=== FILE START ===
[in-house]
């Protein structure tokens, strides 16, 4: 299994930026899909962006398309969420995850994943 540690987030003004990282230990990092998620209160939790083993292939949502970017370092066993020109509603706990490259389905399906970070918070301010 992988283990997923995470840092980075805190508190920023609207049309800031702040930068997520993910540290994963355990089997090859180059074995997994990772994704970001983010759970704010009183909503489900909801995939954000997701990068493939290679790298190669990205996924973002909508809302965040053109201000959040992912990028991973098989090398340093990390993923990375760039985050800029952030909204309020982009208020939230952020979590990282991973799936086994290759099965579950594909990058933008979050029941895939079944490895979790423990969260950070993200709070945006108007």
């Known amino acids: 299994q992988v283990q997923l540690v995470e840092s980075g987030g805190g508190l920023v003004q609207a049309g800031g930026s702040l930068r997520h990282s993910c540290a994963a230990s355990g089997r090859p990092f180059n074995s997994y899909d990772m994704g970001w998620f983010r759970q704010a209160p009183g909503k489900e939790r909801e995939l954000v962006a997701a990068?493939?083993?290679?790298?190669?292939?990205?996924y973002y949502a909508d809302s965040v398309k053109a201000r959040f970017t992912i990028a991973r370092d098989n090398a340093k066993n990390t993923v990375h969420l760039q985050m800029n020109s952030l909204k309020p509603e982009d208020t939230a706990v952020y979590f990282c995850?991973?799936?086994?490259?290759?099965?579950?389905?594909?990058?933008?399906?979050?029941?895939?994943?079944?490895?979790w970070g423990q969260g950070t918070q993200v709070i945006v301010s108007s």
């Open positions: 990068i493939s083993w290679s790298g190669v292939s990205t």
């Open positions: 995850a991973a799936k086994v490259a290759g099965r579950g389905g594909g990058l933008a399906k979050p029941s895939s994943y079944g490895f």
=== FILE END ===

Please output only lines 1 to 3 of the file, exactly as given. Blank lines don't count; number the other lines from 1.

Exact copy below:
[in-house]
């Protein structure tokens, strides 16, 4: 299994930026899909962006398309969420995850994943 540690987030003004990282230990990092998620209160939790083993292939949502970017370092066993020109509603706990490259389905399906970070918070301010 992988283990997923995470840092980075805190508190920023609207049309800031702040930068997520993910540290994963355990089997090859180059074995997994990772994704970001983010759970704010009183909503489900909801995939954000997701990068493939290679790298190669990205996924973002909508809302965040053109201000959040992912990028991973098989090398340093990390993923990375760039985050800029952030909204309020982009208020939230952020979590990282991973799936086994290759099965579950594909990058933008979050029941895939079944490895979790423990969260950070993200709070945006108007």
């Known amino acids: 299994q992988v283990q997923l540690v995470e840092s980075g987030g805190g508190l920023v003004q609207a049309g800031g930026s702040l930068r997520h990282s993910c540290a994963a230990s355990g089997r090859p990092f180059n074995s997994y899909d990772m994704g970001w998620f983010r759970q704010a209160p009183g909503k489900e939790r909801e995939l954000v962006a997701a990068?493939?083993?290679?790298?190669?292939?990205?996924y973002y949502a909508d809302s965040v398309k053109a201000r959040f970017t992912i990028a991973r370092d098989n090398a340093k066993n990390t993923v990375h969420l760039q985050m800029n020109s952030l909204k309020p509603e982009d208020t939230a706990v952020y979590f990282c995850?991973?799936?086994?490259?290759?099965?579950?389905?594909?990058?933008?399906?979050?029941?895939?994943?079944?490895?979790w970070g423990q969260g950070t918070q993200v709070i945006v301010s108007s």